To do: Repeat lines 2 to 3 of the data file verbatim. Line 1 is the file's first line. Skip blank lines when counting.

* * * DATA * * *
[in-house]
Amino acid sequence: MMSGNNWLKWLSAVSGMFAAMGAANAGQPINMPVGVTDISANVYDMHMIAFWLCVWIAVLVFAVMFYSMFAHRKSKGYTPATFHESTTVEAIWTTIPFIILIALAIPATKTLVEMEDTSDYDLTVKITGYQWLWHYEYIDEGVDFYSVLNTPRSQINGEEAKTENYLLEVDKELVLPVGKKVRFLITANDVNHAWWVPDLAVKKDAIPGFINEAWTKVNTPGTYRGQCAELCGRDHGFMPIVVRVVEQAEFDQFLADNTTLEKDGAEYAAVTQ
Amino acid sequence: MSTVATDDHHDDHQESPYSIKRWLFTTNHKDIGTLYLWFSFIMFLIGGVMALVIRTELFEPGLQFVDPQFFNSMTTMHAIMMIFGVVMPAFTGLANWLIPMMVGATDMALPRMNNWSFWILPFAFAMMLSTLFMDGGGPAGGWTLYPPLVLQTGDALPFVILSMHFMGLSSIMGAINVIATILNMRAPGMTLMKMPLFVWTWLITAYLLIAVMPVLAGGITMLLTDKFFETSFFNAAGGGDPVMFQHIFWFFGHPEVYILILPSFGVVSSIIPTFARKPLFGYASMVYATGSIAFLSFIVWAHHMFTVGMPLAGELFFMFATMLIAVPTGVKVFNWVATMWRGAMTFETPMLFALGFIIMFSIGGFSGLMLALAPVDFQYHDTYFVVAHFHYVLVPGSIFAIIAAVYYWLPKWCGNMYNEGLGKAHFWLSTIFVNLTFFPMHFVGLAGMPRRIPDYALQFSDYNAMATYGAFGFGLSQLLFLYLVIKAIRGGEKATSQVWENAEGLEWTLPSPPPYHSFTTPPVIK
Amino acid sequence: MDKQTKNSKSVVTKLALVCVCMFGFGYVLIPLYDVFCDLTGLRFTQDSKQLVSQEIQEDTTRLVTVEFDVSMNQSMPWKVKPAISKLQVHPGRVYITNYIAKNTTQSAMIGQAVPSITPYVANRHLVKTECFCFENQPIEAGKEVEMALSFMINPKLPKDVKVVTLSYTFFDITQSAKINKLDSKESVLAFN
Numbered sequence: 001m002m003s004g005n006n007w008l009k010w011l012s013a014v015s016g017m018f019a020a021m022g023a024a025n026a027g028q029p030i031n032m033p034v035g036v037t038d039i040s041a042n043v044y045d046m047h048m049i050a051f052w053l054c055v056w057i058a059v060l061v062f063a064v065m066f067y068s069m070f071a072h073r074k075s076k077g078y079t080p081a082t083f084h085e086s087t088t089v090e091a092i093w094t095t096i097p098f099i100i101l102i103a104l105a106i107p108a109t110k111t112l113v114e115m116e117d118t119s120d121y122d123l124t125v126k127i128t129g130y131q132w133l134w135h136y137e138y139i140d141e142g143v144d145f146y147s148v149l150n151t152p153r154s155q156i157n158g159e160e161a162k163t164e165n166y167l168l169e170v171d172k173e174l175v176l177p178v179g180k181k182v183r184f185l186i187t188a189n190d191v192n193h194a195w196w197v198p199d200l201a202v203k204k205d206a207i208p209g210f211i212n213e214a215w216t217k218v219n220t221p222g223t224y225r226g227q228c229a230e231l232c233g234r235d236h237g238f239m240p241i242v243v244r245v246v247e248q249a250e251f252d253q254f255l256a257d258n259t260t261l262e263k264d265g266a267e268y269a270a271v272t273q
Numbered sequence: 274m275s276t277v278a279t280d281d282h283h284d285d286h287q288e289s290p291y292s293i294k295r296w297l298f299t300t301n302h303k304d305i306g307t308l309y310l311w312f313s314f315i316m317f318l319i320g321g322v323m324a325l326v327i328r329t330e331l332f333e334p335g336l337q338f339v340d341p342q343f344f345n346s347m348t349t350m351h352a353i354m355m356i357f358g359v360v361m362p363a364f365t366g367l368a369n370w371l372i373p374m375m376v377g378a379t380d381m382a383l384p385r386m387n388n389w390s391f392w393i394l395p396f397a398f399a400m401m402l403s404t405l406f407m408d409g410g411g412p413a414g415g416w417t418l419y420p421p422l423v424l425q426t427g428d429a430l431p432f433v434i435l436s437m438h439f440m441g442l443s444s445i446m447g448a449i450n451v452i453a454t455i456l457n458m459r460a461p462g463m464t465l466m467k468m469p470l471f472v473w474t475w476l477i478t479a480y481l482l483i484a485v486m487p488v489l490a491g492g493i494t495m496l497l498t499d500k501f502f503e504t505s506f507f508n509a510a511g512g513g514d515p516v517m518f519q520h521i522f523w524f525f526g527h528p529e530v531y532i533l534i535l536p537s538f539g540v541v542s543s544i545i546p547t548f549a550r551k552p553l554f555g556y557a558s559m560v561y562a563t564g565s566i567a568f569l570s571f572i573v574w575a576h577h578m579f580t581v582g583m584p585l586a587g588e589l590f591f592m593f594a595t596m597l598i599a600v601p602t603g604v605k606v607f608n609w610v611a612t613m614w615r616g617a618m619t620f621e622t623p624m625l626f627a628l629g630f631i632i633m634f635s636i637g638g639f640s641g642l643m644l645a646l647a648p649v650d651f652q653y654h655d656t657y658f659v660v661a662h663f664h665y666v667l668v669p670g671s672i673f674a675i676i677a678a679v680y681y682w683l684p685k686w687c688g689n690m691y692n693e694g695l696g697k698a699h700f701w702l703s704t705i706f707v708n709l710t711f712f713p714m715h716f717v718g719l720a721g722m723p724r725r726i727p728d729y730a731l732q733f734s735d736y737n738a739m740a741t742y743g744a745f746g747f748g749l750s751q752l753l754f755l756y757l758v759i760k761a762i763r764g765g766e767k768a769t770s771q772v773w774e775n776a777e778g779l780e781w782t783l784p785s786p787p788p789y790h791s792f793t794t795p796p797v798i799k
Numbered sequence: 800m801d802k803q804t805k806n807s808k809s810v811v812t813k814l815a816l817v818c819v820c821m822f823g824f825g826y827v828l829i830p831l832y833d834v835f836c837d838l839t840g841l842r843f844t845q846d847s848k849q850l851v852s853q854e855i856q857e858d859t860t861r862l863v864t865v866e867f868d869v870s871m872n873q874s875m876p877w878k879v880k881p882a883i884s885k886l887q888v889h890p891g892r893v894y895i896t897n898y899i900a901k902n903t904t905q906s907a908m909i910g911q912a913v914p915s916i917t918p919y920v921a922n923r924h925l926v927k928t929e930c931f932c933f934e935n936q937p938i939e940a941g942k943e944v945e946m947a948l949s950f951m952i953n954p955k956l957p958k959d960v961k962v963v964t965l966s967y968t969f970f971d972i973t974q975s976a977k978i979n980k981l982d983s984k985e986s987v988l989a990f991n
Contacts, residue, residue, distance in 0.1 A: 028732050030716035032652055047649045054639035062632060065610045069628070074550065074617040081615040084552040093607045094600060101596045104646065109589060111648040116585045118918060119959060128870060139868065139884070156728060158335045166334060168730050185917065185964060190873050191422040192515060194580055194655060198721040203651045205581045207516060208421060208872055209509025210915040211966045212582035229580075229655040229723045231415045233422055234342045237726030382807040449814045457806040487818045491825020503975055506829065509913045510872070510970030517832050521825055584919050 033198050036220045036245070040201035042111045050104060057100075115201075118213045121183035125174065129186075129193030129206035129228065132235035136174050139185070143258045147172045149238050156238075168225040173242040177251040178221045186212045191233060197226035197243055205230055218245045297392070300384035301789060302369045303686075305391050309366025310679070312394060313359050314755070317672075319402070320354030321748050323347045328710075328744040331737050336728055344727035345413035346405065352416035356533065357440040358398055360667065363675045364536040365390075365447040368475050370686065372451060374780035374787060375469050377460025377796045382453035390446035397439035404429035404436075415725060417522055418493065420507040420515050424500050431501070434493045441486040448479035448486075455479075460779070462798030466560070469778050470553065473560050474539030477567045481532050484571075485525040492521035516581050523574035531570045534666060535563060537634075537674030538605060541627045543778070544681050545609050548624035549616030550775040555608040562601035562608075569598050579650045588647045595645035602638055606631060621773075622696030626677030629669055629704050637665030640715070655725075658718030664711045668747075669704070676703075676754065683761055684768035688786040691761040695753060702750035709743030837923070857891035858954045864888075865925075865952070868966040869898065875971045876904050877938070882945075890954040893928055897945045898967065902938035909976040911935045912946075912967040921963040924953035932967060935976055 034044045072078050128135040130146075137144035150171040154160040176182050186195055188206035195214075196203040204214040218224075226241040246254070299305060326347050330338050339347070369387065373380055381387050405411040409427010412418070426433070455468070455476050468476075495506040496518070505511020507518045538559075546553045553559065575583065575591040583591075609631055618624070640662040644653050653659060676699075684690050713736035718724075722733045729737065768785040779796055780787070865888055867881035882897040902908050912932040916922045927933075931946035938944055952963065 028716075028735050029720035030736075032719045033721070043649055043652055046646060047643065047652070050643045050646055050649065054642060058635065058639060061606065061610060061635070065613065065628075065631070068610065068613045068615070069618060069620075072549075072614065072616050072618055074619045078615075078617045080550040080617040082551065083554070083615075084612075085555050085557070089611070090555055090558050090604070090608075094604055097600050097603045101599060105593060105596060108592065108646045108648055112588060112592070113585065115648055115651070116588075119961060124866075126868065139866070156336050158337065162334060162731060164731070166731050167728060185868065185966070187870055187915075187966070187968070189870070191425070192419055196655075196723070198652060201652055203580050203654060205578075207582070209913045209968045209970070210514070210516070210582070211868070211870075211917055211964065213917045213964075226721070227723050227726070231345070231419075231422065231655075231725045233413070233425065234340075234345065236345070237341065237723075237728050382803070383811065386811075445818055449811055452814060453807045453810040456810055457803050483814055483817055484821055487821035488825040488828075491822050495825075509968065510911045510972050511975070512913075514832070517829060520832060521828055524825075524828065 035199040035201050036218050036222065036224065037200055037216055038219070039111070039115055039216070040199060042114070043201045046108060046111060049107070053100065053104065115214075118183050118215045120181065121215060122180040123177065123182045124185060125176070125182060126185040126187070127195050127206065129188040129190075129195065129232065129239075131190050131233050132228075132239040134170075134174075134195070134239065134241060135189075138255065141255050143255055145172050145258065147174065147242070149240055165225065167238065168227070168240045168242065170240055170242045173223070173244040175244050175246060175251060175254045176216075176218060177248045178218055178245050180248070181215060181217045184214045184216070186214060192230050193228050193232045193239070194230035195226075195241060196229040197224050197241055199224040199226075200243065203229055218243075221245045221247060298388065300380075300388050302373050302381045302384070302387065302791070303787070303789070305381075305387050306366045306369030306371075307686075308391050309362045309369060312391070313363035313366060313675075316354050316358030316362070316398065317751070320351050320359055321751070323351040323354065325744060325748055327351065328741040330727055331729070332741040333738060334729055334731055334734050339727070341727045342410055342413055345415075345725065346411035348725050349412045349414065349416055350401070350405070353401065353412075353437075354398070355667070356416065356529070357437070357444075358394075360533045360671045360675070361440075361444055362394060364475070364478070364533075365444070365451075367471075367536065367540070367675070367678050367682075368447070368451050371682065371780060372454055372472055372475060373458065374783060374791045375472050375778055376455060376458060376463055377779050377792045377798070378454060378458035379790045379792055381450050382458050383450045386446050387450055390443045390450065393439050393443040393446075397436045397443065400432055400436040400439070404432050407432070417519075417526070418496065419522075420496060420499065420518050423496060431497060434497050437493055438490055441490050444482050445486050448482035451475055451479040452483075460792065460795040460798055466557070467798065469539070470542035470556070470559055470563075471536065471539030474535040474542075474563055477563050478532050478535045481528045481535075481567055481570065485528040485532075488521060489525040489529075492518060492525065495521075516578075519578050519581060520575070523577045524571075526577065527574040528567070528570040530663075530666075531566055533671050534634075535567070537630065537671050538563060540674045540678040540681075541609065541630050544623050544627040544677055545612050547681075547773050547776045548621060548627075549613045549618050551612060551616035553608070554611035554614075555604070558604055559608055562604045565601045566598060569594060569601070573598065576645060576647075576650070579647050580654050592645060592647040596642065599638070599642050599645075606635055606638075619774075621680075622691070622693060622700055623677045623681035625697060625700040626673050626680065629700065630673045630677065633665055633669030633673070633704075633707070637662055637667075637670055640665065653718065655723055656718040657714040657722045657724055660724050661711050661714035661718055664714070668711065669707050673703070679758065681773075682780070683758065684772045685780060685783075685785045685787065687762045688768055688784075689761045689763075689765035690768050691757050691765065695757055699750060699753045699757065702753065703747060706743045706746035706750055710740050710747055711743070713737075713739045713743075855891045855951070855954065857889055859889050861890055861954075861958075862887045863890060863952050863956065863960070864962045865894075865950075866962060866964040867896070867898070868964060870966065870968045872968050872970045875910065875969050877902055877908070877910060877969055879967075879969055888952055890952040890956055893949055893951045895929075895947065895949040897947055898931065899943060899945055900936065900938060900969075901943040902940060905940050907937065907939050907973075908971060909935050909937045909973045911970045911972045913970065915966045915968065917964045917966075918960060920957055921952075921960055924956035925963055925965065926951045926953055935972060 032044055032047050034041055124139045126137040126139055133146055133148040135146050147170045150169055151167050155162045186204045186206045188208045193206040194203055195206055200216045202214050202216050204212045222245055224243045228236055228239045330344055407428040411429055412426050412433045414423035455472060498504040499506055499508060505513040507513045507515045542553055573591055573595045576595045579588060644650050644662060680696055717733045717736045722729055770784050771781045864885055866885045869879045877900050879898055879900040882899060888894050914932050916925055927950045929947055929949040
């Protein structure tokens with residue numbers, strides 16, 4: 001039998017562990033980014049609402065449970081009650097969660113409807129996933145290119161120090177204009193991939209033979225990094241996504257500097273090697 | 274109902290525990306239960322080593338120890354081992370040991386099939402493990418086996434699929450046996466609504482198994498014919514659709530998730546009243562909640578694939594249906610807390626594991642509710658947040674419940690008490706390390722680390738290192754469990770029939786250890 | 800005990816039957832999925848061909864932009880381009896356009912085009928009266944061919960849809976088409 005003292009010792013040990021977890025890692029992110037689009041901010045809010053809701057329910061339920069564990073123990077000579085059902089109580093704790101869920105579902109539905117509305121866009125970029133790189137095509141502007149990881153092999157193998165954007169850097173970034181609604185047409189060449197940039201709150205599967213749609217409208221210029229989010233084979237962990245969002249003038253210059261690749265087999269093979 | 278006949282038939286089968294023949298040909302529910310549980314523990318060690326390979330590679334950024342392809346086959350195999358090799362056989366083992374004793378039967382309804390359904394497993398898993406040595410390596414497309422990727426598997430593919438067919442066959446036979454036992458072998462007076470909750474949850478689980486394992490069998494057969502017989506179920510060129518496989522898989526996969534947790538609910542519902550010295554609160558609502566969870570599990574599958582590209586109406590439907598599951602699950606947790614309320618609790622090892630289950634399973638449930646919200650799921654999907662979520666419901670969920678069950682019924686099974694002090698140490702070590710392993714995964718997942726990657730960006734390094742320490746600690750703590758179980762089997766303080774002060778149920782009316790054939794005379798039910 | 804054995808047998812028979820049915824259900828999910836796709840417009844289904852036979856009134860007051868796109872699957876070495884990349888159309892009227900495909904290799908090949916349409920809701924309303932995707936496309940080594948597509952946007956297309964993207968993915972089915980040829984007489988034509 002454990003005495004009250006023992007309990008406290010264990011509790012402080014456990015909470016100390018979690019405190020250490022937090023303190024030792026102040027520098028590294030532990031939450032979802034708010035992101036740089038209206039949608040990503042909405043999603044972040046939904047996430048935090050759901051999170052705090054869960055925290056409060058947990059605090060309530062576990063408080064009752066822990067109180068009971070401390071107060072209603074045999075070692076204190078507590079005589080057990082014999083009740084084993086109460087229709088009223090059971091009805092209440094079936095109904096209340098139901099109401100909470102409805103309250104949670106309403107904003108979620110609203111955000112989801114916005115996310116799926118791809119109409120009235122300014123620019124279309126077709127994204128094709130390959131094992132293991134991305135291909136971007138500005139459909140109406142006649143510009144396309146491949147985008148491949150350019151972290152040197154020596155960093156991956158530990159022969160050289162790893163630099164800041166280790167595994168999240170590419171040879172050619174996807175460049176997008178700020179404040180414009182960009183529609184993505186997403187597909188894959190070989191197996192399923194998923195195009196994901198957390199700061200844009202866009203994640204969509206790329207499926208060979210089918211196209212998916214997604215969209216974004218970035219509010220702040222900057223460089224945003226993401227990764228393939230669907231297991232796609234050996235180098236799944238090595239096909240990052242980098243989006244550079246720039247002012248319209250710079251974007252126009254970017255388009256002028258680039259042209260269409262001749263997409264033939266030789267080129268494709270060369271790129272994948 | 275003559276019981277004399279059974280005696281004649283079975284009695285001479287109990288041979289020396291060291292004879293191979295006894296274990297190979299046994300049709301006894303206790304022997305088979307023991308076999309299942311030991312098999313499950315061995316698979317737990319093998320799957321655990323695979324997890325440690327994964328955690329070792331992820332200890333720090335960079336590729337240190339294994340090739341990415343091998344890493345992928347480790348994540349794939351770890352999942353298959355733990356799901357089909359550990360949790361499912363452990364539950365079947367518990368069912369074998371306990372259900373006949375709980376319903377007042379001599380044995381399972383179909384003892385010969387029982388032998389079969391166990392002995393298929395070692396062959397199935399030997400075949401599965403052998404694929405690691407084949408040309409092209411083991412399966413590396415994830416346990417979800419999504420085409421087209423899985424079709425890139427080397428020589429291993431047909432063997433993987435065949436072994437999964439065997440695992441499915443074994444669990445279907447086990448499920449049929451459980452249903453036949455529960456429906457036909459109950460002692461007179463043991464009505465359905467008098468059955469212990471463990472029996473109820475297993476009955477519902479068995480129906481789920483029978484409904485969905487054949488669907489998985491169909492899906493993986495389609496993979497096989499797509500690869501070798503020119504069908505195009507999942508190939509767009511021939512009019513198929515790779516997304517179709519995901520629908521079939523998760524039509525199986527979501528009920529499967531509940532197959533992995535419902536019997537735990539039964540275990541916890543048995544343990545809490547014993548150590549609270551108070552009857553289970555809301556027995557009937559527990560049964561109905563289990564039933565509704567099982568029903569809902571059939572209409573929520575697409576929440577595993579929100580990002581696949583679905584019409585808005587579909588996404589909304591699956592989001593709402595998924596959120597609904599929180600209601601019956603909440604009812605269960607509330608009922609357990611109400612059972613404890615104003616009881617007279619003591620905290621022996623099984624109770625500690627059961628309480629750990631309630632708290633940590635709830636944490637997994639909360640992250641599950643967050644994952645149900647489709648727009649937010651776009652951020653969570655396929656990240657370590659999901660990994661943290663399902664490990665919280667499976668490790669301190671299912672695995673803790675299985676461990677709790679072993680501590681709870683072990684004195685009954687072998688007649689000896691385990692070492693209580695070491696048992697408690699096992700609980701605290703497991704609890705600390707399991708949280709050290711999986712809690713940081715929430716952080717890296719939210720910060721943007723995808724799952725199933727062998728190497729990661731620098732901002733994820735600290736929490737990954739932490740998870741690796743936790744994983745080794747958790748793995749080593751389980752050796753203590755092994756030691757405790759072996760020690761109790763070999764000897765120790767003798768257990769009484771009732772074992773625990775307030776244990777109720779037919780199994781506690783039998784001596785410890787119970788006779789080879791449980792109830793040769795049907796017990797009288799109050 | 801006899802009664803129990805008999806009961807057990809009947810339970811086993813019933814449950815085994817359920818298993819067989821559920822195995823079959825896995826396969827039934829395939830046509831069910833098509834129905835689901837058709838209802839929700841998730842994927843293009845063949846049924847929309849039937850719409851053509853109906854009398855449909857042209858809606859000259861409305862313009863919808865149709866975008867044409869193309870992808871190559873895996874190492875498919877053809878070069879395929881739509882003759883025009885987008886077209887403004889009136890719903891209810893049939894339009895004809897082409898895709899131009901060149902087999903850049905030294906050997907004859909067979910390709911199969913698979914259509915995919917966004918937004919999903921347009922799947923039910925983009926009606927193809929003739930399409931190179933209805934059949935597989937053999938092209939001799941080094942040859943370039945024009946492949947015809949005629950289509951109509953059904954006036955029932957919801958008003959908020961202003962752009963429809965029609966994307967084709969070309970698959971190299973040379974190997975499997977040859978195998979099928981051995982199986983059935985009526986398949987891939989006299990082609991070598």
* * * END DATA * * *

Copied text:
Amino acid sequence: MMSGNNWLKWLSAVSGMFAAMGAANAGQPINMPVGVTDISANVYDMHMIAFWLCVWIAVLVFAVMFYSMFAHRKSKGYTPATFHESTTVEAIWTTIPFIILIALAIPATKTLVEMEDTSDYDLTVKITGYQWLWHYEYIDEGVDFYSVLNTPRSQINGEEAKTENYLLEVDKELVLPVGKKVRFLITANDVNHAWWVPDLAVKKDAIPGFINEAWTKVNTPGTYRGQCAELCGRDHGFMPIVVRVVEQAEFDQFLADNTTLEKDGAEYAAVTQ
Amino acid sequence: MSTVATDDHHDDHQESPYSIKRWLFTTNHKDIGTLYLWFSFIMFLIGGVMALVIRTELFEPGLQFVDPQFFNSMTTMHAIMMIFGVVMPAFTGLANWLIPMMVGATDMALPRMNNWSFWILPFAFAMMLSTLFMDGGGPAGGWTLYPPLVLQTGDALPFVILSMHFMGLSSIMGAINVIATILNMRAPGMTLMKMPLFVWTWLITAYLLIAVMPVLAGGITMLLTDKFFETSFFNAAGGGDPVMFQHIFWFFGHPEVYILILPSFGVVSSIIPTFARKPLFGYASMVYATGSIAFLSFIVWAHHMFTVGMPLAGELFFMFATMLIAVPTGVKVFNWVATMWRGAMTFETPMLFALGFIIMFSIGGFSGLMLALAPVDFQYHDTYFVVAHFHYVLVPGSIFAIIAAVYYWLPKWCGNMYNEGLGKAHFWLSTIFVNLTFFPMHFVGLAGMPRRIPDYALQFSDYNAMATYGAFGFGLSQLLFLYLVIKAIRGGEKATSQVWENAEGLEWTLPSPPPYHSFTTPPVIK